Davis' demonstrated proximity supports her contention that defendants' actions placed her at a greater risk of danger than that of the general public. Contrary to the district court's characterization, our court in Wells v. Walker, 852 F.2d 368 (8th Cir. 1988), cert. denied, 489 U.S. 1012, 109 S. Ct. 1121, 103 L. Ed. 2d 184 (1989), did not limit the existence of a specific danger to a strict range of distance; rather, in Wells we held that state action creates a specific harm if it "plac [es] [the plaintiff], unlike members of the general public, in a unique, confrontational encounter with a person whom plaintiffs allege had exhibited violent propensities." Id. at 371. The limitation on Hull's activities as a trusty necessarily restricts the group of people at risk such that they are always distinct from the general public. Compare Nishiyama, 814 F.2d at 280 (distinguishing the more limited risk created by a trustee as opposed to a parolee, in which "the identity of potential victims was difficult to define.") with Fox, 712 F.2d at 88 (finding no specific danger where state agent exposed to a virtually unlimited set of people); Janan, 785 F.2d at 560 (same); Bowers v. DeVito, 686 F.2d 616, 618 (7th Cir. 1982) (same).
Finally, Davis' evidence of defendants' admitted knowledge of both Hull's record and the proximity of Davis' store, supports a finding that defendants' actions were, at a minimum, reckless. Daniels v. Williams, 474 U.S. 327, 334 n. 3, 106 S. Ct. 662, 667 n. 3, 88 L. Ed. 2d 662 (1986) (due process violation requires showing of state actors' intentional or reckless conduct). Despite their awareness of the specific danger Hull posed to nearby citizens, particularly elderly women, the defendants released him from his cell, permitted him to work outside the facility unattended, and did not ensure that he promptly returned to his cell when his prison duties were completed. The defendants' deliberate actions are clearly distinguishable from the claims we rejected in Wells, 852 F.2d at 372. Davis does not claim that defendants should have known Hull was dangerous or should have known of her proximity. Rather Davis has demonstrated that defendants did know of her proximity and the danger that Hull posed to women of her age and nevertheless released him. Obviously, closer supervision would have imposed some additional administrative burdens on prison officials, but this is the price an institution must pay if it names a sexually abusive person as a trusty.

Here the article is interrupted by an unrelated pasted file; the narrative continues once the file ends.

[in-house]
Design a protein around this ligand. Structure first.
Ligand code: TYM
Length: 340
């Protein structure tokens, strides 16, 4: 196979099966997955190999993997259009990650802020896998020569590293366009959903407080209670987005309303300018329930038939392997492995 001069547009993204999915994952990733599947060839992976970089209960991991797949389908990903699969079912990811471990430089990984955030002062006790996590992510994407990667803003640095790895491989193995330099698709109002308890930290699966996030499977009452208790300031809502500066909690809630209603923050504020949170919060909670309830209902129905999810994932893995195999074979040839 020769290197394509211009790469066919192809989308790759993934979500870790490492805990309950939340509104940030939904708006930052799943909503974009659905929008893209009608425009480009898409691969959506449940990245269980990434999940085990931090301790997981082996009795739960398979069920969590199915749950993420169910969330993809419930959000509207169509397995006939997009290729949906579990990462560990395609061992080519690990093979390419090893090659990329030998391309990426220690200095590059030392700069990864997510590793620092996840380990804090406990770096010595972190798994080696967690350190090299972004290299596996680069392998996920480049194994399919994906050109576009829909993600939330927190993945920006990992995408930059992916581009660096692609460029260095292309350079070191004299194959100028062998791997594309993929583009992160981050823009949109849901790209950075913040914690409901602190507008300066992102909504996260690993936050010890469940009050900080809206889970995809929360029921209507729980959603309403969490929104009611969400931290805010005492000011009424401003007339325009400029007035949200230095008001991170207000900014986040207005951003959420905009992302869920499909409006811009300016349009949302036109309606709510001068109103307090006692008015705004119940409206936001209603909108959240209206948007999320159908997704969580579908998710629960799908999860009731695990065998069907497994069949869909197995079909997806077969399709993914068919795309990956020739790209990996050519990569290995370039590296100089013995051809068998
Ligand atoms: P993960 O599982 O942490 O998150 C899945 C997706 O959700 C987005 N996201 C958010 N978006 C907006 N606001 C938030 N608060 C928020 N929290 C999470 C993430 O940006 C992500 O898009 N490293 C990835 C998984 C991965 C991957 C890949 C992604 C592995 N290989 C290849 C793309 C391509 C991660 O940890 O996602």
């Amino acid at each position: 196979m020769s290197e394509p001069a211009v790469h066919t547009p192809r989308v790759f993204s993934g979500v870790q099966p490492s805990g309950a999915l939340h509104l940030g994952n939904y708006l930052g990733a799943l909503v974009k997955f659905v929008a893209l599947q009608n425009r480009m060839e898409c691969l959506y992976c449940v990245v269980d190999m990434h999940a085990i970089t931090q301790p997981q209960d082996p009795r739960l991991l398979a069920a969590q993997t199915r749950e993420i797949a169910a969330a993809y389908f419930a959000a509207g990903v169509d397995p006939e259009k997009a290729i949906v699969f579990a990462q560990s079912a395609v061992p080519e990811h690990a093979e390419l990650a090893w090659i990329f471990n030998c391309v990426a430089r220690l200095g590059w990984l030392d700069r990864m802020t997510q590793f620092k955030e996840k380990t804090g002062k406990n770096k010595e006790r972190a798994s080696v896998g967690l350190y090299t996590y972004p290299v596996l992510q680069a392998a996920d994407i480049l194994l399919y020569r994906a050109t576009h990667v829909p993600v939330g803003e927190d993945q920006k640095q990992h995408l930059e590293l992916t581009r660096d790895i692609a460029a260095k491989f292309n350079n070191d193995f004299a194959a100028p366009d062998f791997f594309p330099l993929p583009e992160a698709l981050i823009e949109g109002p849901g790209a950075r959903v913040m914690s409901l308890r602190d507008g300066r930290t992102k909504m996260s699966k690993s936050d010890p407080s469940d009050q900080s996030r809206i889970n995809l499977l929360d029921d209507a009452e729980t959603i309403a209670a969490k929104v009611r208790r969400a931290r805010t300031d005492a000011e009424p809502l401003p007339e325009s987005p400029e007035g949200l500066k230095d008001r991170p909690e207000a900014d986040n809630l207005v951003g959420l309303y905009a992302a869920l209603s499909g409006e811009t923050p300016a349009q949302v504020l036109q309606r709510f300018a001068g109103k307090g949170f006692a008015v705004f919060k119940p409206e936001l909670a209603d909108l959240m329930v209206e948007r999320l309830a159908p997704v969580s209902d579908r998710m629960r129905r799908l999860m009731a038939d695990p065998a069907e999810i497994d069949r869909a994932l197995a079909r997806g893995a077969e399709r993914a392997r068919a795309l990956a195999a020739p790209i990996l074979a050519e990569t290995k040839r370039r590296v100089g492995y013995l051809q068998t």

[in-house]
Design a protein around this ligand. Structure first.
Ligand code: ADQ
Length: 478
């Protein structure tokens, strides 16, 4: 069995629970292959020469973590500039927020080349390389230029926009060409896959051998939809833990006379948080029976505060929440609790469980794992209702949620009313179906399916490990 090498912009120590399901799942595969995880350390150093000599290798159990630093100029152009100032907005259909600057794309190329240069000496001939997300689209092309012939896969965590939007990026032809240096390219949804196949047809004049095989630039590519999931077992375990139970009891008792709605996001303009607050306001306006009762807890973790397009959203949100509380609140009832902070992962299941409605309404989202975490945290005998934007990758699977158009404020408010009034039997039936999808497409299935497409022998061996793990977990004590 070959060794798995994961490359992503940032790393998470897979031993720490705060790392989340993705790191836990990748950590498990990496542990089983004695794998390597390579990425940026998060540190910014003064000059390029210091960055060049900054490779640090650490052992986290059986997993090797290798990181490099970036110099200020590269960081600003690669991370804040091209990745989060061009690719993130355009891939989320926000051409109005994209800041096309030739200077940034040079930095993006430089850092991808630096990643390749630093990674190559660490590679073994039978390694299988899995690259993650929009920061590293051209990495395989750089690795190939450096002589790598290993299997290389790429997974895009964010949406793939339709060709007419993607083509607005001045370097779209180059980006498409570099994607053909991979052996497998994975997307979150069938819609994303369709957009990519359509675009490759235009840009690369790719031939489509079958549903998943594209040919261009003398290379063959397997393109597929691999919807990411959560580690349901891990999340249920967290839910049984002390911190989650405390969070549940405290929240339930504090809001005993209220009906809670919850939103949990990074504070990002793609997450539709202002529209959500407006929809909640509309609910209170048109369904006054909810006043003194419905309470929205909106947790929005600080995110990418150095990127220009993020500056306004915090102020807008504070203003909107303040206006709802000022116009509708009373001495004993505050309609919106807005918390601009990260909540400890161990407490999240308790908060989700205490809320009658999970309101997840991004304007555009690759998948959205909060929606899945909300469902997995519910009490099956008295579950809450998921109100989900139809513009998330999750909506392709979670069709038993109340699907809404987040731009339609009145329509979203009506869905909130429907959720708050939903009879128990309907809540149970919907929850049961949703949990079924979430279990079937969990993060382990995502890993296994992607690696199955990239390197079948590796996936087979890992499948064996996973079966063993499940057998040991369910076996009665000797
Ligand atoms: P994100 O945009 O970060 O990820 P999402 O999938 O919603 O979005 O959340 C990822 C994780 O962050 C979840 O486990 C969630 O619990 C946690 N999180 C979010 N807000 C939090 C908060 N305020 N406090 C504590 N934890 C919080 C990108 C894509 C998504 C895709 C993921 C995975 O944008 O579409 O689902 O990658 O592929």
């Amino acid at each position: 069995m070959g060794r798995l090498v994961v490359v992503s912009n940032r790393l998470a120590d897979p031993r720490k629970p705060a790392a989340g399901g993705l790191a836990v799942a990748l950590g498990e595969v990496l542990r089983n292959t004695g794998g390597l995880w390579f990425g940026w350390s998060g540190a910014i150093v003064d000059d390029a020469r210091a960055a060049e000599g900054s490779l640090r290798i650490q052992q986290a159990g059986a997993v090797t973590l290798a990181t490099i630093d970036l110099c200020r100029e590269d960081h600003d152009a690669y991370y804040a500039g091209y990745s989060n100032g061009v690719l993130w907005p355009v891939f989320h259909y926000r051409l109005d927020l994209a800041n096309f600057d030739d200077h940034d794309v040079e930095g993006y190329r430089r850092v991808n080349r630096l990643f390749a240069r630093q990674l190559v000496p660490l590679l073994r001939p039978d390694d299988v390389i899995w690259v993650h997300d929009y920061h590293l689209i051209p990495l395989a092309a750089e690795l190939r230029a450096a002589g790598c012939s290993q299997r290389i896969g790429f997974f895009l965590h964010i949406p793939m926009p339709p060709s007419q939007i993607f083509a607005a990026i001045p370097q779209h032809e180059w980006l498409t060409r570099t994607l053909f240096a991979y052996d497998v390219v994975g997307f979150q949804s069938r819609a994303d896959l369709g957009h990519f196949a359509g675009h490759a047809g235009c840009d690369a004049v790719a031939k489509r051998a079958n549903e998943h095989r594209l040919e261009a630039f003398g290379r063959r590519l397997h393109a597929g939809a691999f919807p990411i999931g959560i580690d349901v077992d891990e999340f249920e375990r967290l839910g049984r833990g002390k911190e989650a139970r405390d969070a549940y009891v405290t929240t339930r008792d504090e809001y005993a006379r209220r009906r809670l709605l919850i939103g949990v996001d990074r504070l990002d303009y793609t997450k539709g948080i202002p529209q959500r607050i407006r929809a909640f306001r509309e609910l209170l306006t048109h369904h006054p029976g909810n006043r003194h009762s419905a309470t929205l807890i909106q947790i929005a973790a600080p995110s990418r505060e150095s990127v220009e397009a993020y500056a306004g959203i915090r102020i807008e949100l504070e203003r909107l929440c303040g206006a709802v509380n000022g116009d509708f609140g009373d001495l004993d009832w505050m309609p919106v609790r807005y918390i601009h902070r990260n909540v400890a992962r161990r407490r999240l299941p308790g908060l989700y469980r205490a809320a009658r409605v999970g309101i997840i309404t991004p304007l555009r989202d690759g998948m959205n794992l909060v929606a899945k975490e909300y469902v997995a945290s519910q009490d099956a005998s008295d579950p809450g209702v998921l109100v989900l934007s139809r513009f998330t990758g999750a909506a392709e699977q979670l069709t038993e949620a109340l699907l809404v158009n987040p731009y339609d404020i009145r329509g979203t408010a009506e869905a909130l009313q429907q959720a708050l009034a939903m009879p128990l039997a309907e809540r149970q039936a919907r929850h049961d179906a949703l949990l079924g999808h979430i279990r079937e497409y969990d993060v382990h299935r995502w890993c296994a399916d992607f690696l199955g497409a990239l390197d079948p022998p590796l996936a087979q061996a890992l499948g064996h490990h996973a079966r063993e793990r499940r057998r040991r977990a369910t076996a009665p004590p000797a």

The record in this case provides a sufficient factual basis to support a section 1983 violation. The custodial relationship between the defendants and Hull, as a trusty, supports a determination that defendants undertook an affirmative state action that increased Davis' risk of harm. Davis' proximity to the area in which Hull worked and Hull's sexually assaultive propensities support a finding that the state's actions exposed her to a greater risk of harm than that faced by the general public. Davis has also presented evidence that the defendants' conduct was deliberate and intentional, the requisite mental state for a violation of substantive due process. For the above reasons, I dissent.
The Honorable G. Thomas Eisele, United States District Judge for the Eastern District of Arkansas
The denial of the claim for loss of consortium is not challenged on appeal
In October 1991, Hull pled guilty to aggravated assault and was sentenced to five years probation. In December 1991 a petition for revocation of probation was filed based on the new charges of burglary and theft
The record does not indicate exactly when Hull was appointed as a trustee, but there is evidence that he was not new to the position. He had been detained at the FCDC for nearly five months at the time of the attack
Cunningham was an employee of the sheriff's department and her duties included acting as jailer and dispatcher. She also cleaned and shopped for supplies
The record is not entirely clear about Roork's role in the events or whether Roork could be said to have assumed responsibility for supervising Hull when he directed him to go downstairs. He was never a defendant in this action
The original opinion and order, filed on February 13, 1995, was withdrawn by the court on April 28, 1995, and a substituted opinion was filed nunc pro tunc